Help Guide Disclaimer Contact us Login
  Advanced SearchBrowse




Conference Paper

Near-optimal supervised feature selection among frequent subgraphs


Cheng H, Gretton,  A
Department Empirical Inference, Max Planck Institute for Biological Cybernetics, Max Planck Society;

Borgwardt,  KM
Max Planck Institute for Biological Cybernetics, Max Planck Society;

There are no locators available
Fulltext (public)
There are no public fulltexts available
Supplementary Material (public)
There is no public supplementary material available

Thoma, M., Cheng H, Gretton, A., Han J, Kriegel H-P, Smola AJ, Song L, Yu PS, Yan, X., & Borgwardt, K. (2009). Near-optimal supervised feature selection among frequent subgraphs. In 9th SIAM Conference on Data Mining (SDM 2009) (pp. 1076-1087). Society for Industrial and Applied Mathematics: Philadelphia, PA, USA.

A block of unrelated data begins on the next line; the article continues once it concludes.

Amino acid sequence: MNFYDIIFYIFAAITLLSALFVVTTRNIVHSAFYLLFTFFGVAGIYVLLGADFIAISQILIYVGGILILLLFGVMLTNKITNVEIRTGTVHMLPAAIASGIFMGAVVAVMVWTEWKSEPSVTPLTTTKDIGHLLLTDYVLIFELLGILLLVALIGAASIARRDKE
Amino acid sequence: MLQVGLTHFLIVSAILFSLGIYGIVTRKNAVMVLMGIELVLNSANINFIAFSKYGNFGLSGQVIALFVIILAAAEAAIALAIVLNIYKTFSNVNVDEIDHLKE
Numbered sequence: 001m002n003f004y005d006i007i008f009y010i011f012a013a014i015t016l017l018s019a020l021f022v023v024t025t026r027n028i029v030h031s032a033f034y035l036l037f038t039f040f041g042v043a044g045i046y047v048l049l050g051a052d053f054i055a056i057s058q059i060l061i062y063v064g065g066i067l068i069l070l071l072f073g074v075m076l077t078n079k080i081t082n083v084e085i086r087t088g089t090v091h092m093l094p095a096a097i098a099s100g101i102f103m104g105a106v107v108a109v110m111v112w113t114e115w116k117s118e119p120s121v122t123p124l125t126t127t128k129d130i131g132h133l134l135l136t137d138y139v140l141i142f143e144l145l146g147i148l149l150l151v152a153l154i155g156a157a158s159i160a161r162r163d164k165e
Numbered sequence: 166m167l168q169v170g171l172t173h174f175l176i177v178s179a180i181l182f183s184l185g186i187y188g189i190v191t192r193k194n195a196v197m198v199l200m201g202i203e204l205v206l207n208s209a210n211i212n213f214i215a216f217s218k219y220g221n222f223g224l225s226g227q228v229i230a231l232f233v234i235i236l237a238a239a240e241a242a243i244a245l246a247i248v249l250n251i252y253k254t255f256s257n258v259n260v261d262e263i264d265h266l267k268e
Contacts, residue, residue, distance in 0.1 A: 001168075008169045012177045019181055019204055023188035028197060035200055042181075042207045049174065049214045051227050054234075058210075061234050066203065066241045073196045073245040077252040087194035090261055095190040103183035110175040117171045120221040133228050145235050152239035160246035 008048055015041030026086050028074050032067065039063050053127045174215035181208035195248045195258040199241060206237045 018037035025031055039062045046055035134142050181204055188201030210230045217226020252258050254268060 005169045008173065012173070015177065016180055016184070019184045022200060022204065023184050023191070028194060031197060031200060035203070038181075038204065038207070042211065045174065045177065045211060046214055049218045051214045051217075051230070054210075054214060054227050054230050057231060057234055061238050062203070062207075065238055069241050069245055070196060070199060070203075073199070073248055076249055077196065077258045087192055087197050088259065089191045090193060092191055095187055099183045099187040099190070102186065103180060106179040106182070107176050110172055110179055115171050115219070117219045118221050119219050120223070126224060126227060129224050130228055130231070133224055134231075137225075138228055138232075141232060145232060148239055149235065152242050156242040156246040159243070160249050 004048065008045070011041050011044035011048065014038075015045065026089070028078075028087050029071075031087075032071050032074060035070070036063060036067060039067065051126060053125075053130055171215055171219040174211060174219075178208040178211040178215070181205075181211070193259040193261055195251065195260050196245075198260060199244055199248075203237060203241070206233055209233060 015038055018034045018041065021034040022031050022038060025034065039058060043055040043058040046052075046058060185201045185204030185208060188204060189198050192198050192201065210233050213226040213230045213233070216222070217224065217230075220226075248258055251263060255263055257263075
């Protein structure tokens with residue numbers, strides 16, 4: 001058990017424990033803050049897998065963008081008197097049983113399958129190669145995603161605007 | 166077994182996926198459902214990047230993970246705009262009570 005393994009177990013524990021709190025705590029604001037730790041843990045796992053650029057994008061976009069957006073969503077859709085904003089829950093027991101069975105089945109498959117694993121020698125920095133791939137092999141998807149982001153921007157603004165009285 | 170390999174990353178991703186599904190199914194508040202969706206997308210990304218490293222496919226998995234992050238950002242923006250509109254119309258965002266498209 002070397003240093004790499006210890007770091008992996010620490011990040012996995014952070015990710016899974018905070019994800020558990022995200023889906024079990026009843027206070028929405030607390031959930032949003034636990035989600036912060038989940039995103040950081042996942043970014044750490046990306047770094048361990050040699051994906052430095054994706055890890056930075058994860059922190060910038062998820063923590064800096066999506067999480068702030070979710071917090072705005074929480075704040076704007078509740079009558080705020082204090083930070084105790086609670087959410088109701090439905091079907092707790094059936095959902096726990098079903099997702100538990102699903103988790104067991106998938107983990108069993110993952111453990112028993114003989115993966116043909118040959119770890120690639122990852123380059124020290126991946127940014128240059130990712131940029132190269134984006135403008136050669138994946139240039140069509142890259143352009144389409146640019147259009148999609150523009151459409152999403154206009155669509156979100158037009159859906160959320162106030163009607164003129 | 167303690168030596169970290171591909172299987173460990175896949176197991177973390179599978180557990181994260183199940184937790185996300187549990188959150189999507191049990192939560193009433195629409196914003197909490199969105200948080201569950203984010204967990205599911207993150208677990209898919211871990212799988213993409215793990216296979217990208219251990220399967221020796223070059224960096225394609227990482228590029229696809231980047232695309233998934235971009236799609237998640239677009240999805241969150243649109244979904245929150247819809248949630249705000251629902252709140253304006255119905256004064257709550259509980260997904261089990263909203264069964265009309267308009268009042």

Cite as:
Graph classification is an increasingly important step in numerous application domains, such as function prediction of molecules and proteins, computerised scene analysis, and anomaly detection in program flows. Among the various approaches proposed in the literature, graph classification based on frequent subgraphs is a popular branch: Graphs are represented as (usually binary) vectors, with components indicating whether a graph contains a particular subgraph that is frequent across the dataset. On large graphs, however, one faces the enormous problem that the number of these frequent subgraphs may grow exponentially with the size of the graphs, but only few of them possess enough discriminative power to make them useful for graph classification. Efficient and discriminative feature selection among frequent subgraphs is hence a key challenge for graph mining. In this article, we propose an approach to feature selection on frequent subgraphs, called CORK, that combines two central advantages. First, it optimizes a submodular quality criterion, which means that we can yield a near-optimal solution using greedy feature selection. Second, our submodular quality function criterion can be integrated into gSpan, the state-of-the-art tool for frequent subgraph mining, and help to prune the search space for discriminative frequent subgraphs even during frequent subgraph mining.